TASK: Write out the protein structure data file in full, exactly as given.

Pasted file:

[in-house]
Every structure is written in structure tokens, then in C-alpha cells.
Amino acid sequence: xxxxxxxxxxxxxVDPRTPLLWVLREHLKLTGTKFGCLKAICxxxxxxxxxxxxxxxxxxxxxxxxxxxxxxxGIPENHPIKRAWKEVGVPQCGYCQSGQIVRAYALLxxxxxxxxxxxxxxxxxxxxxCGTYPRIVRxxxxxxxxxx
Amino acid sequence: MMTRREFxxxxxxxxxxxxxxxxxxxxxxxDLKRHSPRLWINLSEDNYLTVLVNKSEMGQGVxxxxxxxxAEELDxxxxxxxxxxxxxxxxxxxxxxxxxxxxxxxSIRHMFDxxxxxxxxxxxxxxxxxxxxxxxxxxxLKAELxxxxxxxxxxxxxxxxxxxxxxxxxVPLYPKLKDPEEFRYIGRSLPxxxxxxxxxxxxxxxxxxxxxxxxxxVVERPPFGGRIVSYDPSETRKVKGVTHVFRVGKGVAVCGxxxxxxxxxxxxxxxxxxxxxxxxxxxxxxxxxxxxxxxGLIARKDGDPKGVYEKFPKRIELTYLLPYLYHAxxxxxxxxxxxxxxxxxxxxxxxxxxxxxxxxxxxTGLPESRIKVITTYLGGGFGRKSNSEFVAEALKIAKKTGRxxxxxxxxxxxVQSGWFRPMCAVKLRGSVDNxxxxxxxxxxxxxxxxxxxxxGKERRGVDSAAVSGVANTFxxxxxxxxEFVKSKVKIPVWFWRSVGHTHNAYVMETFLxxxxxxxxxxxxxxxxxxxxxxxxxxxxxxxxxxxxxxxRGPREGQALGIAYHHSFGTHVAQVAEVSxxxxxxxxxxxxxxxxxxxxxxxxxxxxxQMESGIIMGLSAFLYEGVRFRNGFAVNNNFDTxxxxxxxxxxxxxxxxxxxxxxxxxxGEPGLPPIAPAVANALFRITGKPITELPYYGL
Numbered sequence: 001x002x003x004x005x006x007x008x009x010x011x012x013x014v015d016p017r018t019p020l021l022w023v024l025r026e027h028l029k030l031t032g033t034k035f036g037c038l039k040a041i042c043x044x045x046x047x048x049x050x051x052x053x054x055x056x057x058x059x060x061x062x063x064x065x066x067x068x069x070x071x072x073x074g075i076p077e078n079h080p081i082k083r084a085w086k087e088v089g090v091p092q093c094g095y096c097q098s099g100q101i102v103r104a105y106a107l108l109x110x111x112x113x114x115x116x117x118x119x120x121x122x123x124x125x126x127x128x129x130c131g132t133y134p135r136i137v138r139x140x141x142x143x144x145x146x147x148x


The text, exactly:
[in-house]
Every structure is written in structure tokens, then in C-alpha cells.
Amino acid sequence: xxxxxxxxxxxxxVDPRTPLLWVLREHLKLTGTKFGCLKAICxxxxxxxxxxxxxxxxxxxxxxxxxxxxxxxGIPENHPIKRAWKEVGVPQCGYCQSGQIVRAYALLxxxxxxxxxxxxxxxxxxxxxCGTYPRIVRxxxxxxxxxx
Amino acid sequence: MMTRREFxxxxxxxxxxxxxxxxxxxxxxxDLKRHSPRLWINLSEDNYLTVLVNKSEMGQGVxxxxxxxxAEELDxxxxxxxxxxxxxxxxxxxxxxxxxxxxxxxSIRHMFDxxxxxxxxxxxxxxxxxxxxxxxxxxxLKAELxxxxxxxxxxxxxxxxxxxxxxxxxVPLYPKLKDPEEFRYIGRSLPxxxxxxxxxxxxxxxxxxxxxxxxxxVVERPPFGGRIVSYDPSETRKVKGVTHVFRVGKGVAVCGxxxxxxxxxxxxxxxxxxxxxxxxxxxxxxxxxxxxxxxGLIARKDGDPKGVYEKFPKRIELTYLLPYLYHAxxxxxxxxxxxxxxxxxxxxxxxxxxxxxxxxxxxTGLPESRIKVITTYLGGGFGRKSNSEFVAEALKIAKKTGRxxxxxxxxxxxVQSGWFRPMCAVKLRGSVDNxxxxxxxxxxxxxxxxxxxxxGKERRGVDSAAVSGVANTFxxxxxxxxEFVKSKVKIPVWFWRSVGHTHNAYVMETFLxxxxxxxxxxxxxxxxxxxxxxxxxxxxxxxxxxxxxxxRGPREGQALGIAYHHSFGTHVAQVAEVSxxxxxxxxxxxxxxxxxxxxxxxxxxxxxQMESGIIMGLSAFLYEGVRFRNGFAVNNNFDTxxxxxxxxxxxxxxxxxxxxxxxxxxGEPGLPPIAPAVANALFRITGKPITELPYYGL
Numbered sequence: 001x002x003x004x005x006x007x008x009x010x011x012x013x014v015d016p017r018t019p020l021l022w023v024l025r026e027h028l029k030l031t032g033t034k035f036g037c038l039k040a041i042c043x044x045x046x047x048x049x050x051x052x053x054x055x056x057x058x059x060x061x062x063x064x065x066x067x068x069x070x071x072x073x074g075i076p077e078n079h080p081i082k083r084a085w086k087e088v089g090v091p092q093c094g095y096c097q098s099g100q101i102v103r104a105y106a107l108l109x110x111x112x113x114x115x116x117x118x119x120x121x122x123x124x125x126x127x128x129x130c131g132t133y134p135r136i137v138r139x140x141x142x143x144x145x146x147x148x